Finally a funding programme that isn’t like Hunger Games

Funding for charitable projects usually take this form:

  1. Applications open.
  2. Your team comes up with an idea for funding that might work under that criteria, doing some research on the needs of the program and getting some general statistics of the need.
  3. Submission at the last minute, which sometimes is a panic when some funders requests hard copies and then hard digital copies on CDs.  At which point you try to reboot your old Mac that still has a CD writer on it and then scouring your whole office for a blank CD… only to find what you thought was a blank CD actually has your favourite drive tunes from 1998 on it…
  4. After submission, rediscover your spiritual side and make prayers to the high powers that be that it will be a success.

In my past ten years in the charity/social enterprise sector, I would say that I’ve written my share of these proposals.  If you’re reading and you’re from this industry as well, I’m sure you have your own stressful horror stories as well.

It’s what one of my contemporaries refers to as non-profit sector ‘The Hunger Games’.

What’s wrong with this approach?  Well, for one thing, it pits charity against charity, as what’s mine is definitely not yours, that funder can only make so many grants a year!

It also means that charities seldom work together.  Unless it’s absolutely necessary.  Like an uneven truce so they can get a higher chance at getting into the game – and even then, there is the whole thing about who’s the lead organisation and who’s the supporting partner, etc.


It’s with this backdrop that I wanted to write more about the GoodLab’s recent collaboration with the MTR corporation on their Pathways to Employment programme, which I think really deserves a mention on the open innovation process that drove the whole program.  Open innovation was created for businesses to work more effectively, but in the past years, it’s been adopted by the non-profit sector as a way to find better collaborative solutions to some of the world’s social issues.

Created in collaboration with IDEO, the world leading innovation and design firm, the MTR Pathways Programme aimed to invite social enterprises and charities from Hong Kong to share publicly with other potential applicants their idea and through a process of open innovation, have each other HELP (I know… can you believe it?!) each other to strengthen their proposals.  Help can come in the form of just a quick comment, like ‘have you considered…? or ‘have you heard of these guys who are doing something similar’ – to organisations actually realising that they can actually collaborate on a funding proposal together!  Think of it as Facebook comments posts that are positive and constructive to help the members think more deeply and improve.

We were partners with MTR on this process, from the start – with idea generation workshops to commenting and making suggestions on the ideas on the online forum to physically connecting them to people who might be of value to their proposal.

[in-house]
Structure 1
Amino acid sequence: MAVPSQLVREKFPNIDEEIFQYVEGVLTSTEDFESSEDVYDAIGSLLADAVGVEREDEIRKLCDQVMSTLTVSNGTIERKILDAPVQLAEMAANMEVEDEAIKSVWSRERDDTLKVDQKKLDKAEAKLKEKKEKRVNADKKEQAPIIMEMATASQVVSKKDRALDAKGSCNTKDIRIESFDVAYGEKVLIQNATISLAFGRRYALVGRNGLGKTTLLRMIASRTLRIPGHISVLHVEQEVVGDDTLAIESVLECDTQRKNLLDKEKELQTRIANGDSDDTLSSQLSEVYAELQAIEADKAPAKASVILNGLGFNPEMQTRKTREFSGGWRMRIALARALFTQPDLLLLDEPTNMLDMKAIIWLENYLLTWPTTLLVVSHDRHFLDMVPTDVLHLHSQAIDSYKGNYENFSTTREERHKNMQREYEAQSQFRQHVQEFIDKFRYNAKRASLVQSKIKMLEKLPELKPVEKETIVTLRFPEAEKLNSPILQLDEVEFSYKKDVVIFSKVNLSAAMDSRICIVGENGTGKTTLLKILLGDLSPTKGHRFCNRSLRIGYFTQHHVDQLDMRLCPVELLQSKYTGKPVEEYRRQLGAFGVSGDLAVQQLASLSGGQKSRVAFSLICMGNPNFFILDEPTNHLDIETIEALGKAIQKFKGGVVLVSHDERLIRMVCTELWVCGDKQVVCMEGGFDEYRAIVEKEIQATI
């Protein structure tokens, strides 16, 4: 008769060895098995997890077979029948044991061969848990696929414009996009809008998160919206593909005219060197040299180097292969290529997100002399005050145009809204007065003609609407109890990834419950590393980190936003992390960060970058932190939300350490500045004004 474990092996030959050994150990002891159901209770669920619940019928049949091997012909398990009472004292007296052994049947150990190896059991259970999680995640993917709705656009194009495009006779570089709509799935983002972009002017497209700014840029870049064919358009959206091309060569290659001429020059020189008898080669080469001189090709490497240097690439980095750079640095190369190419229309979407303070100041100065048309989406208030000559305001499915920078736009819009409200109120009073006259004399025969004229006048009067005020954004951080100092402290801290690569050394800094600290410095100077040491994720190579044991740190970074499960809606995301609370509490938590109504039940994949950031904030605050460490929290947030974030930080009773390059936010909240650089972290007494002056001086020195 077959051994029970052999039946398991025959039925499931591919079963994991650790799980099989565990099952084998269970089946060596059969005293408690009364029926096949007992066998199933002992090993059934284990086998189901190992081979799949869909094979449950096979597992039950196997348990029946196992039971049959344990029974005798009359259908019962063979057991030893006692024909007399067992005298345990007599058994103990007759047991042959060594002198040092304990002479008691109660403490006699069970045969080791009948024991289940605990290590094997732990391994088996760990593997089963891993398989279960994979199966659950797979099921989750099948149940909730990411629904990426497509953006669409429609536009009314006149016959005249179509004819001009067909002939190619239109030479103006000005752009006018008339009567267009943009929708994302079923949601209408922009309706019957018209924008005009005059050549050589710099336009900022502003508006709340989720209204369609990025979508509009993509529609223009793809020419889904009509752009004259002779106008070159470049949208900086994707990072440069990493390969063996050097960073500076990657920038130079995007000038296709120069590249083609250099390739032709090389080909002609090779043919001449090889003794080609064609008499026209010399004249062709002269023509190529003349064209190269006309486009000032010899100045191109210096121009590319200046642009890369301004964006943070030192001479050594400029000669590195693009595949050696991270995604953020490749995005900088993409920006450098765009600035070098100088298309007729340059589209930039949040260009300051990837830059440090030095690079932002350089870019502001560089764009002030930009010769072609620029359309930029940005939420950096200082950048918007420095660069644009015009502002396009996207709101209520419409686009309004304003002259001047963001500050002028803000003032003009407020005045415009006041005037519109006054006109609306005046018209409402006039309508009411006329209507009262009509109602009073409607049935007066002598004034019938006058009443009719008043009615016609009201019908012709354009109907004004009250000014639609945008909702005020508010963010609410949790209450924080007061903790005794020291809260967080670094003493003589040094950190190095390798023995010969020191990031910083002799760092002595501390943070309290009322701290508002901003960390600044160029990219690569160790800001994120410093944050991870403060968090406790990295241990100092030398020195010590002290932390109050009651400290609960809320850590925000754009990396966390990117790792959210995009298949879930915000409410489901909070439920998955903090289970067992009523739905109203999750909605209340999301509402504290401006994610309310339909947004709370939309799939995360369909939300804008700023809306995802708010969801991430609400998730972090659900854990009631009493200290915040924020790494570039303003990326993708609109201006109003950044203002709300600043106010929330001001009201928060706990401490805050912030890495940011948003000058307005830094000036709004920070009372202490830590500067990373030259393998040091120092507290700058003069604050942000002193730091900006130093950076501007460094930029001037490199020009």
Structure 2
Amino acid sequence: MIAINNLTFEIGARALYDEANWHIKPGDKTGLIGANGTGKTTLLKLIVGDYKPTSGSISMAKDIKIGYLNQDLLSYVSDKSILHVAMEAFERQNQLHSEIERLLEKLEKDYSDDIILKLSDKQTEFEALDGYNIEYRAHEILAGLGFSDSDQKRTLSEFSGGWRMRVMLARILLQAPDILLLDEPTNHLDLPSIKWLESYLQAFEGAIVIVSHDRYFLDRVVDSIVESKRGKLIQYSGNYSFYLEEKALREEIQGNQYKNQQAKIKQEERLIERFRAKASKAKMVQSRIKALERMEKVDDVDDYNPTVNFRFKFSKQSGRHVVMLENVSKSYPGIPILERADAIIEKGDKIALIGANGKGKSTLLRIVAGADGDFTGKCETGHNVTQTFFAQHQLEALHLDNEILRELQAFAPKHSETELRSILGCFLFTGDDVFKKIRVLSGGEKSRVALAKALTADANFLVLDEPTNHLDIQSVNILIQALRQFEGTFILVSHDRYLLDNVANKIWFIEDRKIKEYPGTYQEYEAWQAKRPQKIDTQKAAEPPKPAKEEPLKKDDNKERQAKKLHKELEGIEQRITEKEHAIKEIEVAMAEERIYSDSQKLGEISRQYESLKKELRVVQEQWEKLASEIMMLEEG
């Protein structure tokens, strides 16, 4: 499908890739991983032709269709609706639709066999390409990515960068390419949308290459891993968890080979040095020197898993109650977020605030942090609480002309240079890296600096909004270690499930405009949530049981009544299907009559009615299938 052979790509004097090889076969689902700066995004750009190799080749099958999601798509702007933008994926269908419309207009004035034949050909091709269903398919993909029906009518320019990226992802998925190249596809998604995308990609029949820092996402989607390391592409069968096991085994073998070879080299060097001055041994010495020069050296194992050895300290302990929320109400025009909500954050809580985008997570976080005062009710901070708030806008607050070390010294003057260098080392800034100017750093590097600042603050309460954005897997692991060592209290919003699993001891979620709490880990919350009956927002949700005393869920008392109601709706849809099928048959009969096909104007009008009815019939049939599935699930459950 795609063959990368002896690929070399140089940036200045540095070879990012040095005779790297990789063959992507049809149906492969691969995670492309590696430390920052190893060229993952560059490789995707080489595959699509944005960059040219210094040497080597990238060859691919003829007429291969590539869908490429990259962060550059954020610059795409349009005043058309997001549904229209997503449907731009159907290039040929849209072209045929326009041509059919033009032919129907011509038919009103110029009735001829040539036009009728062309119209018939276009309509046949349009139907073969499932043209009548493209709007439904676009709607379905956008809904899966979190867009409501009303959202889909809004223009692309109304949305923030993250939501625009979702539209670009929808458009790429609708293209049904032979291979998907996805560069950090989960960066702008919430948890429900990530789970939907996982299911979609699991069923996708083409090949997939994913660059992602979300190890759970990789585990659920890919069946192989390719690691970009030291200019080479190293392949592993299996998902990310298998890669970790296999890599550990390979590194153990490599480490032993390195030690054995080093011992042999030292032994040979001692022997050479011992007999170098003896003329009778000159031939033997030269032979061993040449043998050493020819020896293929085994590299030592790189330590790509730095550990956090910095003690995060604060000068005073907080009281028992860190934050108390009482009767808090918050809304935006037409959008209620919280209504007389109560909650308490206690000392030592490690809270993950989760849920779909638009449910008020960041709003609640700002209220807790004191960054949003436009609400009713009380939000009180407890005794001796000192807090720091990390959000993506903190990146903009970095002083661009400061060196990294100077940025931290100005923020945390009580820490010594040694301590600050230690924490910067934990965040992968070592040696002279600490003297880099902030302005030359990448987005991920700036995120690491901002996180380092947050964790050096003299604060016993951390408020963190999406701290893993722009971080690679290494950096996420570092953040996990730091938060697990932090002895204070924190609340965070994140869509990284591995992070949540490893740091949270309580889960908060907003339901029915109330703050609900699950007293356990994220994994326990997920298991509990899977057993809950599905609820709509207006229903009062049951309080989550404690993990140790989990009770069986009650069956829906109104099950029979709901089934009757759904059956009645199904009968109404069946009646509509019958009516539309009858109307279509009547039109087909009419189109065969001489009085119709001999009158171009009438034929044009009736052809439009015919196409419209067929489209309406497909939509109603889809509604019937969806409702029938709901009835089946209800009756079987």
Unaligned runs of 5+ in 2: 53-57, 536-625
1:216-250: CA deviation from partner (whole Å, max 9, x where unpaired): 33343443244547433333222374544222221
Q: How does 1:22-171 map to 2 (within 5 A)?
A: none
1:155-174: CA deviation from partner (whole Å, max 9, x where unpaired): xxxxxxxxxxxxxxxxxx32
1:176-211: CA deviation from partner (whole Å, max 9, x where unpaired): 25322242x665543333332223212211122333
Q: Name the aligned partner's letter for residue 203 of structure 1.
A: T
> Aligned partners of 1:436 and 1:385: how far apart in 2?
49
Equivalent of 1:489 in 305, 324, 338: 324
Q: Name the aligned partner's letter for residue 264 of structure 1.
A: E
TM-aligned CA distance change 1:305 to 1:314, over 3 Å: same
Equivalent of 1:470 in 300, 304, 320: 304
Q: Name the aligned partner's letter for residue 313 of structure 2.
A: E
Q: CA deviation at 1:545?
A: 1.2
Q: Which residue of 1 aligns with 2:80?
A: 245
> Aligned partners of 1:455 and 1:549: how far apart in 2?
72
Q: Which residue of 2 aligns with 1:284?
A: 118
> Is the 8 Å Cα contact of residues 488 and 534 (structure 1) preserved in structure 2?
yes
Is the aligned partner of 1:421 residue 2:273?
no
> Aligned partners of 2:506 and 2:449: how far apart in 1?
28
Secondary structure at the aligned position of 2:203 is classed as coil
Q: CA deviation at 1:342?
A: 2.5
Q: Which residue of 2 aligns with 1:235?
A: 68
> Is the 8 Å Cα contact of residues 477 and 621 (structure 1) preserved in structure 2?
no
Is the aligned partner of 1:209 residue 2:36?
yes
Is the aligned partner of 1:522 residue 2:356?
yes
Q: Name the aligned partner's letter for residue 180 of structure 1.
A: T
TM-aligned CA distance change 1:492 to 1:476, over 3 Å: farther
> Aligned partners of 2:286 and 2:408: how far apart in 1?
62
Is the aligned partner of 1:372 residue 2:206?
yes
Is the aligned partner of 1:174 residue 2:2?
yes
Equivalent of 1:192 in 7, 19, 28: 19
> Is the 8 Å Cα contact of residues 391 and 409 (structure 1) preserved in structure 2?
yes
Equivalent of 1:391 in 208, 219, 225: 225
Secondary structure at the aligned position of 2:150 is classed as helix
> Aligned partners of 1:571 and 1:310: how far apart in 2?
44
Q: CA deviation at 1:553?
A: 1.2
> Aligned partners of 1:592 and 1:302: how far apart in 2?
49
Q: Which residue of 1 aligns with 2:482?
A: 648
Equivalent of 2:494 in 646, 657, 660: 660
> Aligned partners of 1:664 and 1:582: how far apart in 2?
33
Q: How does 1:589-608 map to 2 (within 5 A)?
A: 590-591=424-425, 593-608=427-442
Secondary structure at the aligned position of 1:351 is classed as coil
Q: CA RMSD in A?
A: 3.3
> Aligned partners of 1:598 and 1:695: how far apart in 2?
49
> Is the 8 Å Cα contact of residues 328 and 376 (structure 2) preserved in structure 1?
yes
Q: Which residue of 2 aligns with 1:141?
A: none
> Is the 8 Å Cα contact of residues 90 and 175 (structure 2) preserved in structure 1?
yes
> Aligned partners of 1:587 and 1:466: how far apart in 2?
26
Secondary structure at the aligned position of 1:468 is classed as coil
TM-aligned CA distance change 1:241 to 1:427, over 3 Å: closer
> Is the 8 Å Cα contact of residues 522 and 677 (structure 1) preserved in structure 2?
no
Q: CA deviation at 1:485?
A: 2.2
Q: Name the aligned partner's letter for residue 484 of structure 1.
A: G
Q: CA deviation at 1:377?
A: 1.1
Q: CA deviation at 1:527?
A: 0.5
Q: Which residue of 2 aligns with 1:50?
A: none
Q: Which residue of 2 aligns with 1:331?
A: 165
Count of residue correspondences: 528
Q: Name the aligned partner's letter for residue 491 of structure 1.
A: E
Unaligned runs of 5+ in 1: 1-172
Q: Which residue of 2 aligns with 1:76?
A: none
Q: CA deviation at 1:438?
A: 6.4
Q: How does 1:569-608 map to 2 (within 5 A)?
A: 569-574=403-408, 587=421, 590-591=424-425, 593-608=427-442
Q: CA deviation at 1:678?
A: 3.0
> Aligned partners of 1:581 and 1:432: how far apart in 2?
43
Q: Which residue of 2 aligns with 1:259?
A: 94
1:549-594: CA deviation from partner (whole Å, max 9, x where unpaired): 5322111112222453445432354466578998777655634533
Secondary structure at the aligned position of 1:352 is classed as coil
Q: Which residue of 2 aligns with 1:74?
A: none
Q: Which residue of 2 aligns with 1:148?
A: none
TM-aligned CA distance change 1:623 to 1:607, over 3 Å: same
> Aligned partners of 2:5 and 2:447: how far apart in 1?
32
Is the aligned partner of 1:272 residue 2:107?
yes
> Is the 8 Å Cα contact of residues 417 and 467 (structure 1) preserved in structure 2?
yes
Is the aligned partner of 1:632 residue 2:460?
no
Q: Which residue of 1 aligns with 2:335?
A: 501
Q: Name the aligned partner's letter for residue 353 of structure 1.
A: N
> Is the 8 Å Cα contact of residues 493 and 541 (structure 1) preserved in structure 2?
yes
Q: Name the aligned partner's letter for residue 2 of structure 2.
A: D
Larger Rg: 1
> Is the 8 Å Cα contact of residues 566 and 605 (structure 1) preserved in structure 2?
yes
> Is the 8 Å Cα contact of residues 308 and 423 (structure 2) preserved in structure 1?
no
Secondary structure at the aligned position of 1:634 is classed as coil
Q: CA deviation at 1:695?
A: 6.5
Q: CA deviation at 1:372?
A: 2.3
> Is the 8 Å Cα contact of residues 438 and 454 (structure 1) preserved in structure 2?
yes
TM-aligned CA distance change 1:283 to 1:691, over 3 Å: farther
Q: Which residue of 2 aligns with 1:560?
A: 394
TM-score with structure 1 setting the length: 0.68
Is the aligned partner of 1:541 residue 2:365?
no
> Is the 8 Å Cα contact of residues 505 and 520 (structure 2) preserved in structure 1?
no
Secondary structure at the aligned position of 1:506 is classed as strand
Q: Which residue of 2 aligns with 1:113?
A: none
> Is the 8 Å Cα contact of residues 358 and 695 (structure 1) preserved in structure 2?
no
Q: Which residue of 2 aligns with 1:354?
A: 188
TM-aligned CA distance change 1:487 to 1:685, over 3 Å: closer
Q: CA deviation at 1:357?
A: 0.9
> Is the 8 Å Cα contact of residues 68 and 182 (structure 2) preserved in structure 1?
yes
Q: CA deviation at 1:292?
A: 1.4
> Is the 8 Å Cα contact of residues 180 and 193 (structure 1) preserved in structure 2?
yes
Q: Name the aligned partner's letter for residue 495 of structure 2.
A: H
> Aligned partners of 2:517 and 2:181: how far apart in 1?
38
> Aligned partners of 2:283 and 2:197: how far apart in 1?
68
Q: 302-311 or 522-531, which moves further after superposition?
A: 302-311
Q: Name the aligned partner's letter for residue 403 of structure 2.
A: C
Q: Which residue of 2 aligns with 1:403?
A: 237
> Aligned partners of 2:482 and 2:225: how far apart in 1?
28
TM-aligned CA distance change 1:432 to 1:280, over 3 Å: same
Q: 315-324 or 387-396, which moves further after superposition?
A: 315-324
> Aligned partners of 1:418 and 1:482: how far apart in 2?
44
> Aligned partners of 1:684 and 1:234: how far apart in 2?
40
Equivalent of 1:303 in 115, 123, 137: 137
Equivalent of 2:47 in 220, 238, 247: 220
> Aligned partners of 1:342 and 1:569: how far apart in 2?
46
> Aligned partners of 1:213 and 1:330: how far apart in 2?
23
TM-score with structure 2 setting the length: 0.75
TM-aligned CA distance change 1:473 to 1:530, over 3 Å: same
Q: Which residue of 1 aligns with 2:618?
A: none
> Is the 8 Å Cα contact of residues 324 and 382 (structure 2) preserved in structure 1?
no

I must say, a lot of effort was used so people would first understand the concept of open innovation and collaboration, and I can start understanding why it’s just so much easier to put some guidelines on a website and have people submit their ideas…!

Throughout the process, I talked to many of the applicants, and what they really appreciated was the networking, with the opportunity that their connections and collaborations with other charities would actually in fact lead to a stronger proposal!

I heard one person, who through the program, was now in talks with another charity on building a program that would make use of their outdoor education facilities which would not have been possible before.  Other connections now meant that their proposal now had all the outreach partners they needed as a result of the connections through the program.

It’s been a long but rewarding process, seeing ideas and collaborations take shape.  At the GoodLab, what we believe is that the future is in sharing and collaboration, and we hope that the future of charitable funding can be thought much more in an open way than before.

The only shame is that through the whole process, with more than 70 ideas proposed, only 8 made it to the final stage, as the reality is that they could only fund so many in the end.  However the hope is that through this process, all of us hopefully see the potential of collaboration and partnerships and it’s potential.

This is the first year that MTR has rolled out this program and it’s with much anticipation that we hope that they will do a second round of this innovative program next year as well.  For us, we feel like this is just the beginning of innovation of what’s possible in our space.

To vote for your favourite of the final projects, you can visit the voting page here.

Voting closes on July 22, so do vote fast!